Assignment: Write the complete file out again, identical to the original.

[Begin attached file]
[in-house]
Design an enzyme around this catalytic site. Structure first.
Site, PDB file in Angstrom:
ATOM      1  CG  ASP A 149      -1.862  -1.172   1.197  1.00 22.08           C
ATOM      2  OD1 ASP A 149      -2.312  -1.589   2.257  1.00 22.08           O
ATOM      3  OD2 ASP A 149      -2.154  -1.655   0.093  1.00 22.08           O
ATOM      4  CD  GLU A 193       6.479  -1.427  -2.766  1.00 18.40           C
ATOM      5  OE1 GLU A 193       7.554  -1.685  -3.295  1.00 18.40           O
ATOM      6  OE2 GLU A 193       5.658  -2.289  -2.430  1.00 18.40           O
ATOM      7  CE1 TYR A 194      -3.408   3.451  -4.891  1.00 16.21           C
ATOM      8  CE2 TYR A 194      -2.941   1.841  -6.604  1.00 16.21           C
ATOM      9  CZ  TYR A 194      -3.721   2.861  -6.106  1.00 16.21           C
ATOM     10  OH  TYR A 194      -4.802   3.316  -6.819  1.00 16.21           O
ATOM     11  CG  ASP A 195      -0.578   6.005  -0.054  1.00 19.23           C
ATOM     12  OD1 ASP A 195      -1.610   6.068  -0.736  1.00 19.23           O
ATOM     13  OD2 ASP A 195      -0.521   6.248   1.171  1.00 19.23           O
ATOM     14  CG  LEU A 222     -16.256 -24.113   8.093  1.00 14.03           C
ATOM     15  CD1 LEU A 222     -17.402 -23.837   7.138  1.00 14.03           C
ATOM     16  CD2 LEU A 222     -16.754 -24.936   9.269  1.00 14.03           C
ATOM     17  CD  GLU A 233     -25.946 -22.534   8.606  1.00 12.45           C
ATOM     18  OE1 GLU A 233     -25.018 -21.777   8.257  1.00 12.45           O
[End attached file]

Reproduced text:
[in-house]
Design an enzyme around this catalytic site. Structure first.
Site, PDB file in Angstrom:
ATOM      1  CG  ASP A 149      -1.862  -1.172   1.197  1.00 22.08           C
ATOM      2  OD1 ASP A 149      -2.312  -1.589   2.257  1.00 22.08           O
ATOM      3  OD2 ASP A 149      -2.154  -1.655   0.093  1.00 22.08           O
ATOM      4  CD  GLU A 193       6.479  -1.427  -2.766  1.00 18.40           C
ATOM      5  OE1 GLU A 193       7.554  -1.685  -3.295  1.00 18.40           O
ATOM      6  OE2 GLU A 193       5.658  -2.289  -2.430  1.00 18.40           O
ATOM      7  CE1 TYR A 194      -3.408   3.451  -4.891  1.00 16.21           C
ATOM      8  CE2 TYR A 194      -2.941   1.841  -6.604  1.00 16.21           C
ATOM      9  CZ  TYR A 194      -3.721   2.861  -6.106  1.00 16.21           C
ATOM     10  OH  TYR A 194      -4.802   3.316  -6.819  1.00 16.21           O
ATOM     11  CG  ASP A 195      -0.578   6.005  -0.054  1.00 19.23           C
ATOM     12  OD1 ASP A 195      -1.610   6.068  -0.736  1.00 19.23           O
ATOM     13  OD2 ASP A 195      -0.521   6.248   1.171  1.00 19.23           O
ATOM     14  CG  LEU A 222     -16.256 -24.113   8.093  1.00 14.03           C
ATOM     15  CD1 LEU A 222     -17.402 -23.837   7.138  1.00 14.03           C
ATOM     16  CD2 LEU A 222     -16.754 -24.936   9.269  1.00 14.03           C
ATOM     17  CD  GLU A 233     -25.946 -22.534   8.606  1.00 12.45           C
ATOM     18  OE1 GLU A 233     -25.018 -21.777   8.257  1.00 12.45           O